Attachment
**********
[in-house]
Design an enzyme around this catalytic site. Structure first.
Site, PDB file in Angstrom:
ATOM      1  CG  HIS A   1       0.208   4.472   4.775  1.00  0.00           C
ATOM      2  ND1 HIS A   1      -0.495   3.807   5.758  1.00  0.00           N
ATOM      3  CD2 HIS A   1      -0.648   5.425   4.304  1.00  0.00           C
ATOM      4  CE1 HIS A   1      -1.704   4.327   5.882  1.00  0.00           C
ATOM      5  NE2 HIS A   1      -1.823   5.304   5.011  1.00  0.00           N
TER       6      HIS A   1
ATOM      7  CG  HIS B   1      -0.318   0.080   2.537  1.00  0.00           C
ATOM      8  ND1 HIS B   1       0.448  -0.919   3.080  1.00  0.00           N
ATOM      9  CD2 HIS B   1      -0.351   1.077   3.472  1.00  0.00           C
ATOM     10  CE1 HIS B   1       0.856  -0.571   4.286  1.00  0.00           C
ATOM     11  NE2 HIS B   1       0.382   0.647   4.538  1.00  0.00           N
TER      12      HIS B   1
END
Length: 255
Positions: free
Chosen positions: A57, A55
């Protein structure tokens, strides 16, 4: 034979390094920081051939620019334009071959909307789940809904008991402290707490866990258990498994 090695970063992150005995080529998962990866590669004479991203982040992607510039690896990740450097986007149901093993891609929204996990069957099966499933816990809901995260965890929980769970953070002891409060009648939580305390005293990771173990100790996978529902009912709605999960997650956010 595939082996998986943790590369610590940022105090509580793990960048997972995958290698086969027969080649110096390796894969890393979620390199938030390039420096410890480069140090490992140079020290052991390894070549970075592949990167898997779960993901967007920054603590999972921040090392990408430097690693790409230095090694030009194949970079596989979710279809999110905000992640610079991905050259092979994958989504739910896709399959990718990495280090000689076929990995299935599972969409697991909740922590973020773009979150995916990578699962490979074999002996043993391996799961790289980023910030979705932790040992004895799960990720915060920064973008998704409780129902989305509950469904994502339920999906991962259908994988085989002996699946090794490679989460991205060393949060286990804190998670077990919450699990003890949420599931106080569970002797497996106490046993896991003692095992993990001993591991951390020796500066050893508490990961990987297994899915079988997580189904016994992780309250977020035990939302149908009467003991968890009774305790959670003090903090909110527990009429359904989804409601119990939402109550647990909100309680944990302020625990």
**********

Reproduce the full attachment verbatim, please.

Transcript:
[in-house]
Design an enzyme around this catalytic site. Structure first.
Site, PDB file in Angstrom:
ATOM      1  CG  HIS A   1       0.208   4.472   4.775  1.00  0.00           C
ATOM      2  ND1 HIS A   1      -0.495   3.807   5.758  1.00  0.00           N
ATOM      3  CD2 HIS A   1      -0.648   5.425   4.304  1.00  0.00           C
ATOM      4  CE1 HIS A   1      -1.704   4.327   5.882  1.00  0.00           C
ATOM      5  NE2 HIS A   1      -1.823   5.304   5.011  1.00  0.00           N
TER       6      HIS A   1
ATOM      7  CG  HIS B   1      -0.318   0.080   2.537  1.00  0.00           C
ATOM      8  ND1 HIS B   1       0.448  -0.919   3.080  1.00  0.00           N
ATOM      9  CD2 HIS B   1      -0.351   1.077   3.472  1.00  0.00           C
ATOM     10  CE1 HIS B   1       0.856  -0.571   4.286  1.00  0.00           C
ATOM     11  NE2 HIS B   1       0.382   0.647   4.538  1.00  0.00           N
TER      12      HIS B   1
END
Length: 255
Positions: free
Chosen positions: A57, A55
């Protein structure tokens, strides 16, 4: 034979390094920081051939620019334009071959909307789940809904008991402290707490866990258990498994 090695970063992150005995080529998962990866590669004479991203982040992607510039690896990740450097986007149901093993891609929204996990069957099966499933816990809901995260965890929980769970953070002891409060009648939580305390005293990771173990100790996978529902009912709605999960997650956010 595939082996998986943790590369610590940022105090509580793990960048997972995958290698086969027969080649110096390796894969890393979620390199938030390039420096410890480069140090490992140079020290052991390894070549970075592949990167898997779960993901967007920054603590999972921040090392990408430097690693790409230095090694030009194949970079596989979710279809999110905000992640610079991905050259092979994958989504739910896709399959990718990495280090000689076929990995299935599972969409697991909740922590973020773009979150995916990578699962490979074999002996043993391996799961790289980023910030979705932790040992004895799960990720915060920064973008998704409780129902989305509950469904994502339920999906991962259908994988085989002996699946090794490679989460991205060393949060286990804190998670077990919450699990003890949420599931106080569970002797497996106490046993896991003692095992993990001993591991951390020796500066050893508490990961990987297994899915079988997580189904016994992780309250977020035990939302149908009467003991968890009774305790959670003090903090909110527990009429359904989804409601119990939402109550647990909100309680944990302020625990």